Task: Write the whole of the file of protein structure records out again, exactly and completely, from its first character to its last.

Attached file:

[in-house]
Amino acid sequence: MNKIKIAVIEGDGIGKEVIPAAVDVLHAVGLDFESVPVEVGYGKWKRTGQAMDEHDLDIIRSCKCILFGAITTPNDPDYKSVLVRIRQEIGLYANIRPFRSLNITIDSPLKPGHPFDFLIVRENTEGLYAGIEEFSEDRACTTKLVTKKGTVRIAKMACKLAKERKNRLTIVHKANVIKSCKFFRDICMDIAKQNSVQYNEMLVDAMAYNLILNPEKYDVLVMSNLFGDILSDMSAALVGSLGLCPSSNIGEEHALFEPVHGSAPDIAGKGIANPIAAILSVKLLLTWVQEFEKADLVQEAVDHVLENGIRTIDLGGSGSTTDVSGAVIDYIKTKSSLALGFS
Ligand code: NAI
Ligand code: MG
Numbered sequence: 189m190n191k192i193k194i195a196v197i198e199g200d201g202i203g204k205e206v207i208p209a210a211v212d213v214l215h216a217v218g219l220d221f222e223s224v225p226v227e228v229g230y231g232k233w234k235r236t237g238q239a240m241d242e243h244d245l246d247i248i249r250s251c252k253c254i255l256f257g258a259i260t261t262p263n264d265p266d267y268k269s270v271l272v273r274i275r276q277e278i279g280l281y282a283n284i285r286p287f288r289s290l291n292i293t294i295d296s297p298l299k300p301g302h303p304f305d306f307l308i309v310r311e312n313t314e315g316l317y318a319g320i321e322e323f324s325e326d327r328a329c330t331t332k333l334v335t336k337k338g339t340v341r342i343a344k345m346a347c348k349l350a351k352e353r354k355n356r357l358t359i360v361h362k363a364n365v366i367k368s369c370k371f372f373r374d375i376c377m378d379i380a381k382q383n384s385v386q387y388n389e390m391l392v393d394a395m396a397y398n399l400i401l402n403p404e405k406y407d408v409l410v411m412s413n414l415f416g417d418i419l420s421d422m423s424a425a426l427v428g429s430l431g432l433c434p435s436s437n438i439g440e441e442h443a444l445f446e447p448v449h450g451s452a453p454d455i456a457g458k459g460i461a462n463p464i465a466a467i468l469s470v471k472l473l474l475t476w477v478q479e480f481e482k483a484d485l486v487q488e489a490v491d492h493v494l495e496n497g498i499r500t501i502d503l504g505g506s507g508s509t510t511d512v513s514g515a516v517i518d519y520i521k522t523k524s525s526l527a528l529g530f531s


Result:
[in-house]
Amino acid sequence: MNKIKIAVIEGDGIGKEVIPAAVDVLHAVGLDFESVPVEVGYGKWKRTGQAMDEHDLDIIRSCKCILFGAITTPNDPDYKSVLVRIRQEIGLYANIRPFRSLNITIDSPLKPGHPFDFLIVRENTEGLYAGIEEFSEDRACTTKLVTKKGTVRIAKMACKLAKERKNRLTIVHKANVIKSCKFFRDICMDIAKQNSVQYNEMLVDAMAYNLILNPEKYDVLVMSNLFGDILSDMSAALVGSLGLCPSSNIGEEHALFEPVHGSAPDIAGKGIANPIAAILSVKLLLTWVQEFEKADLVQEAVDHVLENGIRTIDLGGSGSTTDVSGAVIDYIKTKSSLALGFS
Ligand code: NAI
Ligand code: MG
Numbered sequence: 189m190n191k192i193k194i195a196v197i198e199g200d201g202i203g204k205e206v207i208p209a210a211v212d213v214l215h216a217v218g219l220d221f222e223s224v225p226v227e228v229g230y231g232k233w234k235r236t237g238q239a240m241d242e243h244d245l246d247i248i249r250s251c252k253c254i255l256f257g258a259i260t261t262p263n264d265p266d267y268k269s270v271l272v273r274i275r276q277e278i279g280l281y282a283n284i285r286p287f288r289s290l291n292i293t294i295d296s297p298l299k300p301g302h303p304f305d306f307l308i309v310r311e312n313t314e315g316l317y318a319g320i321e322e323f324s325e326d327r328a329c330t331t332k333l334v335t336k337k338g339t340v341r342i343a344k345m346a347c348k349l350a351k352e353r354k355n356r357l358t359i360v361h362k363a364n365v366i367k368s369c370k371f372f373r374d375i376c377m378d379i380a381k382q383n384s385v386q387y388n389e390m391l392v393d394a395m396a397y398n399l400i401l402n403p404e405k406y407d408v409l410v411m412s413n414l415f416g417d418i419l420s421d422m423s424a425a426l427v428g429s430l431g432l433c434p435s436s437n438i439g440e441e442h443a444l445f446e447p448v449h450g451s452a453p454d455i456a457g458k459g460i461a462n463p464i465a466a467i468l469s470v471k472l473l474l475t476w477v478q479e480f481e482k483a484d485l486v487q488e489a490v491d492h493v494l495e496n497g498i499r500t501i502d503l504g505g506s507g508s509t510t511d512v513s514g515a516v517i518d519y520i521k522t523k524s525s526l527a528l529g530f531s